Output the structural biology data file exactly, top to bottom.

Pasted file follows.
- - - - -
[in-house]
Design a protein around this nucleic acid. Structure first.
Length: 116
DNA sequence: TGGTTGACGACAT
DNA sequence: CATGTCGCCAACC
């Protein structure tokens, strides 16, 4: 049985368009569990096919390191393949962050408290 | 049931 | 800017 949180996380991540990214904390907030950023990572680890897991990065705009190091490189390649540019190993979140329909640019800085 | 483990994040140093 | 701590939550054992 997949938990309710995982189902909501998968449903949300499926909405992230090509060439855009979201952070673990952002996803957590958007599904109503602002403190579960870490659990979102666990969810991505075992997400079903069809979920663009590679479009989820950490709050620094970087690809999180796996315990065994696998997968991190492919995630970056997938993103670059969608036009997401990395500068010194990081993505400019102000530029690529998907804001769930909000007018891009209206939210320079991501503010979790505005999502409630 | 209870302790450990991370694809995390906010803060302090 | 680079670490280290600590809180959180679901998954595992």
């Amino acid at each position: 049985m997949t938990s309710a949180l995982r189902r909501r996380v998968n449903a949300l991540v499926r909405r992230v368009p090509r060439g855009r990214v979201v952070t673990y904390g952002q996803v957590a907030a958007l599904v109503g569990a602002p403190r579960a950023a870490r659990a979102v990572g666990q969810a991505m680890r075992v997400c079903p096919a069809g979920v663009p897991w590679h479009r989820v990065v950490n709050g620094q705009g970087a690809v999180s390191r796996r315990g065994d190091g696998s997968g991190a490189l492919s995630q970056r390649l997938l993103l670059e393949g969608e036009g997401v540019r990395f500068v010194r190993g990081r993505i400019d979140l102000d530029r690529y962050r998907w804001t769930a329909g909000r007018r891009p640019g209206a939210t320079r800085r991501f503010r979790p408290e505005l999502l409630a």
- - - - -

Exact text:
[in-house]
Design a protein around this nucleic acid. Structure first.
Length: 116
DNA sequence: TGGTTGACGACAT
DNA sequence: CATGTCGCCAACC
């Protein structure tokens, strides 16, 4: 049985368009569990096919390191393949962050408290 | 049931 | 800017 949180996380991540990214904390907030950023990572680890897991990065705009190091490189390649540019190993979140329909640019800085 | 483990994040140093 | 701590939550054992 997949938990309710995982189902909501998968449903949300499926909405992230090509060439855009979201952070673990952002996803957590958007599904109503602002403190579960870490659990979102666990969810991505075992997400079903069809979920663009590679479009989820950490709050620094970087690809999180796996315990065994696998997968991190492919995630970056997938993103670059969608036009997401990395500068010194990081993505400019102000530029690529998907804001769930909000007018891009209206939210320079991501503010979790505005999502409630 | 209870302790450990991370694809995390906010803060302090 | 680079670490280290600590809180959180679901998954595992």
């Amino acid at each position: 049985m997949t938990s309710a949180l995982r189902r909501r996380v998968n449903a949300l991540v499926r909405r992230v368009p090509r060439g855009r990214v979201v952070t673990y904390g952002q996803v957590a907030a958007l599904v109503g569990a602002p403190r579960a950023a870490r659990a979102v990572g666990q969810a991505m680890r075992v997400c079903p096919a069809g979920v663009p897991w590679h479009r989820v990065v950490n709050g620094q705009g970087a690809v999180s390191r796996r315990g065994d190091g696998s997968g991190a490189l492919s995630q970056r390649l997938l993103l670059e393949g969608e036009g997401v540019r990395f500068v010194r190993g990081r993505i400019d979140l102000d530029r690529y962050r998907w804001t769930a329909g909000r007018r891009p640019g209206a939210t320079r800085r991501f503010r979790p408290e505005l999502l409630a």